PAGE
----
Supply chain and blockchain
One of the cool things about working in an innovation unit is that you get to work on exciting topics & new technologies and try to figure out how all these bleeding edge technologies figure into your primary business’ future.
For the past year, I have been spending a lot of time with Blockchain, and I believe the technology has a lot to offer. Once you get past all the cryptocurrency hype and focus purely on the technology, there is massive potential in it to help the logistics sector and supply chains in general among other industries.
I think decentralisation (be it using Blockchain, Hashgraph, The Tangle or something else) will be one the most significant r/evolutions of the Internet since the WWW. Moving away from the centralised client-server paradigm enables all kinds of interesting new uses. One of the biggest benefits of decentralisation is the removal of middlemen. You could provide the same service as AirBnb, Uber or even Facebook but without a single central entity having control over the whole system. This is powerful.
Supply chains are traditionally really siloed and intransparent. There are multiple different participants along the path of any cargo delivery, and each one of them has their proprietary systems or no systems at all besides pen and paper making handovers painful. It is difficult for the sender or the receiver to know exactly where their goods are, who is responsible for them or in what condition they are at any given moment.
Using Blockchain and digitising the supply chain and handovers will bring much-needed transparency to the process. At each handover of goods, a transaction is recorded in the immutable distributed ledger shared by everyone in the supply chain. At any given handover if the cargo is checked and it has sustained damage everyone knows indisputably that it has happened during the last leg of the journey. This can be augmented with IoT-data provided by companies like Fleetboard to verify, e.g. temperature or humidity conditions as well as the location of the cargo.
Once past the simple “track and trace” use cases you can start to think about instant payments based on smart contracts verified by both human actions (handover records) and IoT-data providing facts. Long payment terms have been an issue for smaller companies who cannot afford to wait for 90, or even 120 days in some cases, to get paid. You can even start to build a reputation system based on the immutable history of deliveries and continue to build a fully decentralised marketplace for cargo.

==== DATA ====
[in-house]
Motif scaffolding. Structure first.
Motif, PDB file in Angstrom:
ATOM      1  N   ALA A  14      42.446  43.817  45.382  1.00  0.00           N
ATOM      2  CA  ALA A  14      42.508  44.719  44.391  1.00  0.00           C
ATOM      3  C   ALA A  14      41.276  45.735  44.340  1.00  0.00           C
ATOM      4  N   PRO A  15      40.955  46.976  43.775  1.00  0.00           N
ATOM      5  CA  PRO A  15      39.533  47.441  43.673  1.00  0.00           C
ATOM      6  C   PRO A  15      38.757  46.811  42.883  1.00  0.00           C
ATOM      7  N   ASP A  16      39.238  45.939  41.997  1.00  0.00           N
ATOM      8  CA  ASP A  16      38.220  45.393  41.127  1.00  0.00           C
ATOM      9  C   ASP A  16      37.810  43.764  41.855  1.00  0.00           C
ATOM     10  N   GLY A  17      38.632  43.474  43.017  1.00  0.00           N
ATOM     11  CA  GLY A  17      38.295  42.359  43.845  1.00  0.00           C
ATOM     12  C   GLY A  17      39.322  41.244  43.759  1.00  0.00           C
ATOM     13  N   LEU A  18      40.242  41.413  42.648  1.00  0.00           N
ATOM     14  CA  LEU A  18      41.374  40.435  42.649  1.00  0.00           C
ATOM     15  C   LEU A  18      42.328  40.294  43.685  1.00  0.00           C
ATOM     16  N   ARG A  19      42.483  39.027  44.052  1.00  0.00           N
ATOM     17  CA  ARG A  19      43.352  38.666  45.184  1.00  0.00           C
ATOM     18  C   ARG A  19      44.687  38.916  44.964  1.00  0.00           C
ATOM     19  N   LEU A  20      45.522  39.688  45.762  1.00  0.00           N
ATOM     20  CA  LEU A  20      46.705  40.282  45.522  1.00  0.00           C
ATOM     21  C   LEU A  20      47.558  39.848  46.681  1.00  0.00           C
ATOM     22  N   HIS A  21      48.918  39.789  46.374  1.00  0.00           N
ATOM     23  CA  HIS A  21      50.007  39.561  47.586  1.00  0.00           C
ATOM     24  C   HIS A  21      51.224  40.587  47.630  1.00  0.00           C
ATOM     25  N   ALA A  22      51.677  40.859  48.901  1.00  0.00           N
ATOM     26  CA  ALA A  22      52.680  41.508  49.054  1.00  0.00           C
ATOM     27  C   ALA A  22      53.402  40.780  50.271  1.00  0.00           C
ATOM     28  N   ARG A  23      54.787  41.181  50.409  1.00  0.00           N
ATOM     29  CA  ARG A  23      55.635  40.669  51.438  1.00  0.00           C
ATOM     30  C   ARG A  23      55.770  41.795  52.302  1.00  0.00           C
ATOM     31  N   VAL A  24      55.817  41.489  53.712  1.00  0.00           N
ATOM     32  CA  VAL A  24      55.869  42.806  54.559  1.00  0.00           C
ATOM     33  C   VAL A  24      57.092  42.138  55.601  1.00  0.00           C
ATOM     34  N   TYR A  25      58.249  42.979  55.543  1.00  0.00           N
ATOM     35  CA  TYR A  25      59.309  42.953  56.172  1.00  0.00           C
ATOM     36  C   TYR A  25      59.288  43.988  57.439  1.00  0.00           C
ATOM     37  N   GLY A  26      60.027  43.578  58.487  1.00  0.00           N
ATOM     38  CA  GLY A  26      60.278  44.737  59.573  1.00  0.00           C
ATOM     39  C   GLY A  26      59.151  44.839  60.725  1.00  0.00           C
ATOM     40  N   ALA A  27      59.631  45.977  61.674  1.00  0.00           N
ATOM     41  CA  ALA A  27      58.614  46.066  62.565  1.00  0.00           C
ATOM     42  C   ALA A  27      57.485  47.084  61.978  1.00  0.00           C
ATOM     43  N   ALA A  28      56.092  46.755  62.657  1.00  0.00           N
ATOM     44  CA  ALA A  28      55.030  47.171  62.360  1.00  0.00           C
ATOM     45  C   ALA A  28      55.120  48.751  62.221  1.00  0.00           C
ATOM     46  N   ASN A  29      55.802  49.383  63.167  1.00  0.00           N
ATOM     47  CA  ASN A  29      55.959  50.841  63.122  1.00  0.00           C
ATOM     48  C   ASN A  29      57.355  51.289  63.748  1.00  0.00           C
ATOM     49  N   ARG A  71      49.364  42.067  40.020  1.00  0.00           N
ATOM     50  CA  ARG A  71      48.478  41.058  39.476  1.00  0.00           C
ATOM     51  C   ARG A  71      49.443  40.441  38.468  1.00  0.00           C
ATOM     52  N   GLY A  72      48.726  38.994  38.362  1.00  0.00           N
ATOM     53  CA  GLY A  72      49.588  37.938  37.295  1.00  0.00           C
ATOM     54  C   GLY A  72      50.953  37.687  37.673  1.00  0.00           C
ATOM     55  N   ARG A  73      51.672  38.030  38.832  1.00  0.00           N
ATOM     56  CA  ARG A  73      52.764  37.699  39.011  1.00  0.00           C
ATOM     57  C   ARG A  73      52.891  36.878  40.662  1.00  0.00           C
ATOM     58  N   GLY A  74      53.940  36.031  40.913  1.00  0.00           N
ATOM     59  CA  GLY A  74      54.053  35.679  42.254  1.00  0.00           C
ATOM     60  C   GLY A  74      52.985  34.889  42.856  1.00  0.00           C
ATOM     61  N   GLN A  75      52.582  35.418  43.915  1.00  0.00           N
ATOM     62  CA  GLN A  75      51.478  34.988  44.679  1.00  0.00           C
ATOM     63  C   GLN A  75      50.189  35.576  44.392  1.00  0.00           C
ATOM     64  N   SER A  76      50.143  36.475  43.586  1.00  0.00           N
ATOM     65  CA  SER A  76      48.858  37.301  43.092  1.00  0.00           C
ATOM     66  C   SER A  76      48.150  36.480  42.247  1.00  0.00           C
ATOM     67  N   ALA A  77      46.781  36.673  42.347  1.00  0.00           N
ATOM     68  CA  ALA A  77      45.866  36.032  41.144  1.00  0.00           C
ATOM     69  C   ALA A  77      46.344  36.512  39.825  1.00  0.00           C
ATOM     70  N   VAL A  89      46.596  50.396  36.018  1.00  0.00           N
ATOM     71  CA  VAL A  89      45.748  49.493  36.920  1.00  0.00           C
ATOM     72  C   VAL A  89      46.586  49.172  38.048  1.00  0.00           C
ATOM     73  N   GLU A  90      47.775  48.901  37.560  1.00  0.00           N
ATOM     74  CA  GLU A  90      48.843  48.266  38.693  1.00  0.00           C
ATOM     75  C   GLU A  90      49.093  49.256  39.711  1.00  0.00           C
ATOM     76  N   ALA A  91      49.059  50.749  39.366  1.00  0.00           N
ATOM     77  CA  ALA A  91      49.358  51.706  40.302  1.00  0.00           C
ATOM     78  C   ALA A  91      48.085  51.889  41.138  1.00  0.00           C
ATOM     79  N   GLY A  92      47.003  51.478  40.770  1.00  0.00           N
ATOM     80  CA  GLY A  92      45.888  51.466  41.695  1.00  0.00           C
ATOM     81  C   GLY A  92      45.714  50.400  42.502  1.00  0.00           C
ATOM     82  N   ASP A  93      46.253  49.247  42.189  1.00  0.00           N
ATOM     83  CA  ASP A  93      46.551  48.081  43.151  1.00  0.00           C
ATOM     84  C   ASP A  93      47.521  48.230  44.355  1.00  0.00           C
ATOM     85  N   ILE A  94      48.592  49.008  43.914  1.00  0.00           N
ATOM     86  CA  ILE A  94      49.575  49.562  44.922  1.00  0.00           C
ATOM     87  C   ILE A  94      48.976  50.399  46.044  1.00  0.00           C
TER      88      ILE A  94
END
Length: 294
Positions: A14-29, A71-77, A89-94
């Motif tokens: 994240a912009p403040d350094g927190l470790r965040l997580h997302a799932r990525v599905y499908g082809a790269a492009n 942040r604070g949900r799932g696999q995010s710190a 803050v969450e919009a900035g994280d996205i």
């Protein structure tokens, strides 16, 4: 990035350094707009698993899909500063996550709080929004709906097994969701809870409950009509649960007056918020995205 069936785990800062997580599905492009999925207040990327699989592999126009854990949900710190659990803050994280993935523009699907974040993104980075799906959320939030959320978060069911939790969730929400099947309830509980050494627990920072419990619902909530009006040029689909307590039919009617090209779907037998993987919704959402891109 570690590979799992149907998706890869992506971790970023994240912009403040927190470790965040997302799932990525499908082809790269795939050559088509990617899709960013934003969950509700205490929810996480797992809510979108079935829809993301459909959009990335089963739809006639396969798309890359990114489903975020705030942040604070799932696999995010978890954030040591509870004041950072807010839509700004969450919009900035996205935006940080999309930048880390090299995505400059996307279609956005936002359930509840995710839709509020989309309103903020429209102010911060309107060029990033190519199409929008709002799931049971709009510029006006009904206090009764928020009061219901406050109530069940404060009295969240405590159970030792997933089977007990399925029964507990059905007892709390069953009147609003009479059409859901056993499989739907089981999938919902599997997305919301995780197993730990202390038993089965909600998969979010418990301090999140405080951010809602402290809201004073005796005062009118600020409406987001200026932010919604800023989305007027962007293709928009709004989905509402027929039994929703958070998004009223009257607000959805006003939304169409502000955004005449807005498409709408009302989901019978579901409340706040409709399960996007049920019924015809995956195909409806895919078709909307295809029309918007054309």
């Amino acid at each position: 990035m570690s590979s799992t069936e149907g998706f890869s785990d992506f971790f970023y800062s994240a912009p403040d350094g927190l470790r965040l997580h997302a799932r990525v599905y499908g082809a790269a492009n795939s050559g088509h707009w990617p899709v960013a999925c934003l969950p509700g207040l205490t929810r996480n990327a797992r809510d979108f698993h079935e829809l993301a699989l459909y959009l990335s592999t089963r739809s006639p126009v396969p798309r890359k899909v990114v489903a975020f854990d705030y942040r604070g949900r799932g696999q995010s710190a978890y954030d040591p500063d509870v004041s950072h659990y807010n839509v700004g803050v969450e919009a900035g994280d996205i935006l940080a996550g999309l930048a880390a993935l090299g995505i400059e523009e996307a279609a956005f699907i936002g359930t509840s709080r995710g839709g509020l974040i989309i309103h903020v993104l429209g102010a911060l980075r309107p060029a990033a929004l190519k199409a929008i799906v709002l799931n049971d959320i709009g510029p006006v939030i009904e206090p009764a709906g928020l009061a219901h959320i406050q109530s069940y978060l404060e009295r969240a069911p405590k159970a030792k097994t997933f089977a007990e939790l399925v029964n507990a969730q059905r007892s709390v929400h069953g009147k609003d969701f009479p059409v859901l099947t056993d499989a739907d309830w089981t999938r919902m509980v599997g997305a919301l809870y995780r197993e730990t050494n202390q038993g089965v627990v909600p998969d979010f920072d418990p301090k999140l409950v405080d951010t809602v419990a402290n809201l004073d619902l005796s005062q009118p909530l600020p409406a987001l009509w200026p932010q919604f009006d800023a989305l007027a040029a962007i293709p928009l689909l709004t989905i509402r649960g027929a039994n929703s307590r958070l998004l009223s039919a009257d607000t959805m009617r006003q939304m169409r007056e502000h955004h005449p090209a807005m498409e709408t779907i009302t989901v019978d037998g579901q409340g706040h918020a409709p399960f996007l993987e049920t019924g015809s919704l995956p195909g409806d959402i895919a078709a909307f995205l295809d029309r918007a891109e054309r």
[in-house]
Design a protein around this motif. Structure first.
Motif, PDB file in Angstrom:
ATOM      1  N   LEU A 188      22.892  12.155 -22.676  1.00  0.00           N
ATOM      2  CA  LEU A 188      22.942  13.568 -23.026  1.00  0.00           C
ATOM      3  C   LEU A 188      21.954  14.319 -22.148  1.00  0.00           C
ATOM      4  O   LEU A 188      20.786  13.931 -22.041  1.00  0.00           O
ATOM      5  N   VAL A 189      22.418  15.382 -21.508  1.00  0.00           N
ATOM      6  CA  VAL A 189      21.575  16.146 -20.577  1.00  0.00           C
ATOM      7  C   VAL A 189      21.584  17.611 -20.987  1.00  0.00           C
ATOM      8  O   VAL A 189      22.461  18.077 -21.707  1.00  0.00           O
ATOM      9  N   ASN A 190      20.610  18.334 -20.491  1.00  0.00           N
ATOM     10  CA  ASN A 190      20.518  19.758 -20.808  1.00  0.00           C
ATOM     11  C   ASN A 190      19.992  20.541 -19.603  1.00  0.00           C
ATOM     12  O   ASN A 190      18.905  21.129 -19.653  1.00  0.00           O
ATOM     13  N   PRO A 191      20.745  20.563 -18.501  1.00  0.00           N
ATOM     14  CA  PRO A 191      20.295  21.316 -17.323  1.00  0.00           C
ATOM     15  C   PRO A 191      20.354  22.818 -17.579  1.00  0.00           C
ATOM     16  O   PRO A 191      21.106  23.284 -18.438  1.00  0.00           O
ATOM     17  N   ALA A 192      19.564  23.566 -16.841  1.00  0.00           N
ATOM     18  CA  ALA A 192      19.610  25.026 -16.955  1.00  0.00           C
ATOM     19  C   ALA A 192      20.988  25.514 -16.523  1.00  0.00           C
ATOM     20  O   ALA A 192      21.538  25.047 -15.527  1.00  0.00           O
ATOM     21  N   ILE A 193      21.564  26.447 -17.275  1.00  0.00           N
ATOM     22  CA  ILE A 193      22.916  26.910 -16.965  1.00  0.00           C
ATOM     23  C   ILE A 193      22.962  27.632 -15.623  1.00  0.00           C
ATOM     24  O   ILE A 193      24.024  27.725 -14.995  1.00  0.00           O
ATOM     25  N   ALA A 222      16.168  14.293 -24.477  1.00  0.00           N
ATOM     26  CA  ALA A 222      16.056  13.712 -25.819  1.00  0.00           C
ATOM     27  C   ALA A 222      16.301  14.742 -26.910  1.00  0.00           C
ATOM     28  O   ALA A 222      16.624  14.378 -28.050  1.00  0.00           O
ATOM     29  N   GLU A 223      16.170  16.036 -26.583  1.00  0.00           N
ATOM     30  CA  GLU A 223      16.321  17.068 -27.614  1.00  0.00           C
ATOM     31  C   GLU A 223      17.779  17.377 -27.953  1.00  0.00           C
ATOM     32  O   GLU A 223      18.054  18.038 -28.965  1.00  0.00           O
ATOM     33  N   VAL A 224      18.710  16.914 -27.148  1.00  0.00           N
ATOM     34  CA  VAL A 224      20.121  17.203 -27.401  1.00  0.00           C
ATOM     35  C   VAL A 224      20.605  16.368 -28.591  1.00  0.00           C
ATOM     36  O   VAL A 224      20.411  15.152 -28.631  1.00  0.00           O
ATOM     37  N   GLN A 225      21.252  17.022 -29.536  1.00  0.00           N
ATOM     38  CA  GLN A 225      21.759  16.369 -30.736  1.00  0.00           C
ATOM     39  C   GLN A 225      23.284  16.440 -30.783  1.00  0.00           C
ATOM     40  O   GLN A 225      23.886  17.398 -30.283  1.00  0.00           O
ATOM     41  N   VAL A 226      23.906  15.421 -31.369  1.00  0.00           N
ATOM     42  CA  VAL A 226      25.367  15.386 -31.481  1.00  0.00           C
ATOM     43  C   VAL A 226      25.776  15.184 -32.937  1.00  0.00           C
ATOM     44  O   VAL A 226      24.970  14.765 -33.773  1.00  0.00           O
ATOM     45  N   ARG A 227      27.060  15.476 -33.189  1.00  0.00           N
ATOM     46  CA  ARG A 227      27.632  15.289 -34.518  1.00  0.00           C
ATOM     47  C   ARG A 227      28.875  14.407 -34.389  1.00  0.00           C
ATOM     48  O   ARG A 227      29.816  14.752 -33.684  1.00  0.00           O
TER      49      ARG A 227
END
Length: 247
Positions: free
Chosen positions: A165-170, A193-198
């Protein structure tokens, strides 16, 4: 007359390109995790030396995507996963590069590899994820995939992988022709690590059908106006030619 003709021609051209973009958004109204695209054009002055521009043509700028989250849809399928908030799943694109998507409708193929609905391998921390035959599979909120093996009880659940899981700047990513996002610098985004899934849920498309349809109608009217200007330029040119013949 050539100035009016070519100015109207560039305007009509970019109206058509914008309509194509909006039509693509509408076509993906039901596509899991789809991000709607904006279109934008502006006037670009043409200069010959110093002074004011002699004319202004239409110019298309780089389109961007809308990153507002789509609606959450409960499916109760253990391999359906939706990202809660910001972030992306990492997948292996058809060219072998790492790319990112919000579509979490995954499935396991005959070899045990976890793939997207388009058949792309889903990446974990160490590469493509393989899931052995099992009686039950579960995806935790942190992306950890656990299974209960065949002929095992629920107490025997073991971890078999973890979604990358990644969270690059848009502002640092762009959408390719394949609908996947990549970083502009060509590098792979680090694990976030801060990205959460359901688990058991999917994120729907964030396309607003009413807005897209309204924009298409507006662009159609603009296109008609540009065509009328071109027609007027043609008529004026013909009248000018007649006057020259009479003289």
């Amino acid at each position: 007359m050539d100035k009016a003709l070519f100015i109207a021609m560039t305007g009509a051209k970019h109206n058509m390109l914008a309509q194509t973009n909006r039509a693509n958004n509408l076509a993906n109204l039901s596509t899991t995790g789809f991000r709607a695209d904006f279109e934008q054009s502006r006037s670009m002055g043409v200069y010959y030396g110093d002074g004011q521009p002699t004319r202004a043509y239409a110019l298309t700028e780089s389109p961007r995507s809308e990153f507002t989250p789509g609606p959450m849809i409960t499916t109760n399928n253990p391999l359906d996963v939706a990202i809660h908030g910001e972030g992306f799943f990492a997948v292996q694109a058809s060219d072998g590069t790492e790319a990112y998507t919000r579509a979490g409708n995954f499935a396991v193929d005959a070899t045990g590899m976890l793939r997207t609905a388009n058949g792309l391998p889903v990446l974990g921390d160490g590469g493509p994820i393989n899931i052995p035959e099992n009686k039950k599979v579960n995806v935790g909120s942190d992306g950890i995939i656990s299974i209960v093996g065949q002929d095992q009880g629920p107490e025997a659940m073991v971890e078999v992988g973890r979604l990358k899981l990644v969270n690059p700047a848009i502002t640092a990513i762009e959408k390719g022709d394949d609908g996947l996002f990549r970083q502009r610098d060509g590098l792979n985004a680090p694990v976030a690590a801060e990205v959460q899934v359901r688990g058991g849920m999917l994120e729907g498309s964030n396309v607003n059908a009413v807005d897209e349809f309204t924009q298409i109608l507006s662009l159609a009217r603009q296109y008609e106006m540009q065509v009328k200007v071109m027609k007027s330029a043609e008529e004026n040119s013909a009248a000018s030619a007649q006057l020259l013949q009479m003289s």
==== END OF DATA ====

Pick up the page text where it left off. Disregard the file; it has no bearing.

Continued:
Connected, Autonomous, Shared, Electric
In the future trucks will look nothing like they do at the moment. Trucks of the future will be CASE, Connected, Autonomous, Shared and Electric.
Connectivity of trucks is what Fleetboard has been doing for the past 16 years with 220000 trucks already equipped with the hardware and a goal of 100% of new trucks online.
Electrification is already happening within Daimler as well as you see with the eFuso. New players like Tesla are also entering the market driving innovation of the whole industry forward. Daimler has announced it is putting 10bn into electrification with an additional 1bn solely on battery technology.
Autonomous is only a matter of time as well. In my opinion we will see large scale adoption of autonomous driving first in long-haul trucks with features like platooning before passenger cars in crowded city centers.
Shared is the piece that is missing at the moment which I will discuss next.
Future and swarm logistics
I see a future where autonomous machines interact with each other and humans making decisions themselves based on the best data available to them. In a future vision of Swarm Logistics it is the cargo that has all the intelligence.
Cargo will negotiate its own best route to the destination utilising multimodal transport to get there as and when needed. When it is unloaded from a ship, it can negotiate with the port machinery to put it on a train or truck. The truck and the container negotiate a price and dropoff point autonomously and instantly based on conditions programmed into them. Machines will have their own wallets and can transfer value between each other based on transactions they make and finally transfer value back to the operating company. Trucks and other equipment could even become common infrastructure not owned by any single company but by themselves. Usage of them would just be a service paid for instantly by cargo using them. Initial cost of creating them could be paid back to the manufacturer over time from collected usage fees and the trucks could also pay for their maintenance by themselves.
All this will be built on building blocks being created today. Internet of Things and Industry 4.0 using sensors and autonomous actors in cargo, ships, trucks, trains, warehouses, gates, toll booths, etc. are the enablers for this. In the secure communication and immediate value transactions between machines, blockchain will be a key technology.
It is an exciting time to work in the logistics and supply chain space. If you are interested in working with things like this, check out the openings on the Fleetboard Innovation Hub-site.